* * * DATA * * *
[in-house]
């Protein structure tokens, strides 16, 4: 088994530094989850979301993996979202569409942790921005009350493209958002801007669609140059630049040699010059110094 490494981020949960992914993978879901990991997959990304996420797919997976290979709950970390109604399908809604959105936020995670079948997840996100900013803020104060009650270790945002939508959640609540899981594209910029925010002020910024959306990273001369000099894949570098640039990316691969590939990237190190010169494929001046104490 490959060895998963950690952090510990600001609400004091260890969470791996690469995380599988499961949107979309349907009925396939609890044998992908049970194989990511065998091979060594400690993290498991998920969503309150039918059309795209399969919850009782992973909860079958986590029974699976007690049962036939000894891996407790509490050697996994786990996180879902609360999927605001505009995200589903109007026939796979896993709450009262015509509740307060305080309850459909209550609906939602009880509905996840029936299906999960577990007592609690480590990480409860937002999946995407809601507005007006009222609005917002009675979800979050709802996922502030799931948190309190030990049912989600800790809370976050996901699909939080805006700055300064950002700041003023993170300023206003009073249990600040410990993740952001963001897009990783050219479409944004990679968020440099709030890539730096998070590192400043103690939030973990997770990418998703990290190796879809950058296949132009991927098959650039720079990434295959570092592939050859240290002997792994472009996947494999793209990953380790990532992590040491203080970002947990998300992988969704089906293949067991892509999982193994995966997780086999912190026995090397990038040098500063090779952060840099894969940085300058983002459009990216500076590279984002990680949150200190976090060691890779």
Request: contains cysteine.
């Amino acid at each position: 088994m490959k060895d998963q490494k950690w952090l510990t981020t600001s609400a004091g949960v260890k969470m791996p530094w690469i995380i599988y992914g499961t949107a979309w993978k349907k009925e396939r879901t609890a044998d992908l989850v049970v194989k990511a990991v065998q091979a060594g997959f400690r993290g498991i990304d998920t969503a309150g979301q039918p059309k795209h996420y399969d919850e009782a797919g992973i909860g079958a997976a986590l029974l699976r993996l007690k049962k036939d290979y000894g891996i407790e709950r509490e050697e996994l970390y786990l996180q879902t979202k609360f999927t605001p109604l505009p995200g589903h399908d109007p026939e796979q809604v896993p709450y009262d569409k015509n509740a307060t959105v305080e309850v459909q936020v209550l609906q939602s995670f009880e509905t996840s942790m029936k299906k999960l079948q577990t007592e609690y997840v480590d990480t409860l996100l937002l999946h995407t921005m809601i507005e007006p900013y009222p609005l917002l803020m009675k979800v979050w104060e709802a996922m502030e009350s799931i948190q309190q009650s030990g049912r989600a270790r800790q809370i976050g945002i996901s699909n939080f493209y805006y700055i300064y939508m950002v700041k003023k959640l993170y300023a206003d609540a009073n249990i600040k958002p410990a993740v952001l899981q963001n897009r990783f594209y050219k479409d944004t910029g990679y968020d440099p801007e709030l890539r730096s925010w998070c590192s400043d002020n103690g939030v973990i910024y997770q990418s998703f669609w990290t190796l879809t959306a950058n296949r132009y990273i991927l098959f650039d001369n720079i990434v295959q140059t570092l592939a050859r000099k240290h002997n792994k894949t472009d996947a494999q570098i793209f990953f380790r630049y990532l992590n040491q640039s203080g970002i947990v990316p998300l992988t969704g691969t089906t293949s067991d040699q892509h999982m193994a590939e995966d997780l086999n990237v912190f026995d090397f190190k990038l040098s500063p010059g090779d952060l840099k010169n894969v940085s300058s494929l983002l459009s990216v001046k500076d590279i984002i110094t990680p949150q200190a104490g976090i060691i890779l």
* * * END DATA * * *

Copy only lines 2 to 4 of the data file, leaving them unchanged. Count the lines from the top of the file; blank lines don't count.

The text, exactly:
């Protein structure tokens, strides 16, 4: 088994530094989850979301993996979202569409942790921005009350493209958002801007669609140059630049040699010059110094 490494981020949960992914993978879901990991997959990304996420797919997976290979709950970390109604399908809604959105936020995670079948997840996100900013803020104060009650270790945002939508959640609540899981594209910029925010002020910024959306990273001369000099894949570098640039990316691969590939990237190190010169494929001046104490 490959060895998963950690952090510990600001609400004091260890969470791996690469995380599988499961949107979309349907009925396939609890044998992908049970194989990511065998091979060594400690993290498991998920969503309150039918059309795209399969919850009782992973909860079958986590029974699976007690049962036939000894891996407790509490050697996994786990996180879902609360999927605001505009995200589903109007026939796979896993709450009262015509509740307060305080309850459909209550609906939602009880509905996840029936299906999960577990007592609690480590990480409860937002999946995407809601507005007006009222609005917002009675979800979050709802996922502030799931948190309190030990049912989600800790809370976050996901699909939080805006700055300064950002700041003023993170300023206003009073249990600040410990993740952001963001897009990783050219479409944004990679968020440099709030890539730096998070590192400043103690939030973990997770990418998703990290190796879809950058296949132009991927098959650039720079990434295959570092592939050859240290002997792994472009996947494999793209990953380790990532992590040491203080970002947990998300992988969704089906293949067991892509999982193994995966997780086999912190026995090397990038040098500063090779952060840099894969940085300058983002459009990216500076590279984002990680949150200190976090060691890779």
Request: contains cysteine.
């Amino acid at each position: 088994m490959k060895d998963q490494k950690w952090l510990t981020t600001s609400a004091g949960v260890k969470m791996p530094w690469i995380i599988y992914g499961t949107a979309w993978k349907k009925e396939r879901t609890a044998d992908l989850v049970v194989k990511a990991v065998q091979a060594g997959f400690r993290g498991i990304d998920t969503a309150g979301q039918p059309k795209h996420y399969d919850e009782a797919g992973i909860g079958a997976a986590l029974l699976r993996l007690k049962k036939d290979y000894g891996i407790e709950r509490e050697e996994l970390y786990l996180q879902t979202k609360f999927t605001p109604l505009p995200g589903h399908d109007p026939e796979q809604v896993p709450y009262d569409k015509n509740a307060t959105v305080e309850v459909q936020v209550l609906q939602s995670f009880e509905t996840s942790m029936k299906k999960l079948q577990t007592e609690y997840v480590d990480t409860l996100l937002l999946h995407t921005m809601i507005e007006p900013y009222p609005l917002l803020m009675k979800v979050w104060e709802a996922m502030e009350s799931i948190q309190q009650s030990g049912r989600a270790r800790q809370i976050g945002i996901s699909n939080f493209y805006y700055i300064y939508m950002v700041k003023k959640l993170y300023a206003d609540a009073n249990i600040k958002p410990a993740v952001l899981q963001n897009r990783f594209y050219k479409d944004t910029g990679y968020d440099p801007e709030l890539r730096s925010w998070c590192s400043d002020n103690g939030v973990i910024y997770q990418s998703f669609w990290t190796l879809t959306a950058n296949r132009y990273i991927l098959f650039d001369n720079i990434v295959q140059t570092l592939a050859r000099k240290h002997n792994k894949t472009d996947a494999q570098i793209f990953f380790r630049y990532l992590n040491q640039s203080g970002i947990v990316p998300l992988t969704g691969t089906t293949s067991d040699q892509h999982m193994a590939e995966d997780l086999n990237v912190f026995d090397f190190k990038l040098s500063p010059g090779d952060l840099k010169n894969v940085s300058s494929l983002l459009s990216v001046k500076d590279i984002i110094t990680p949150q200190a104490g976090i060691i890779l």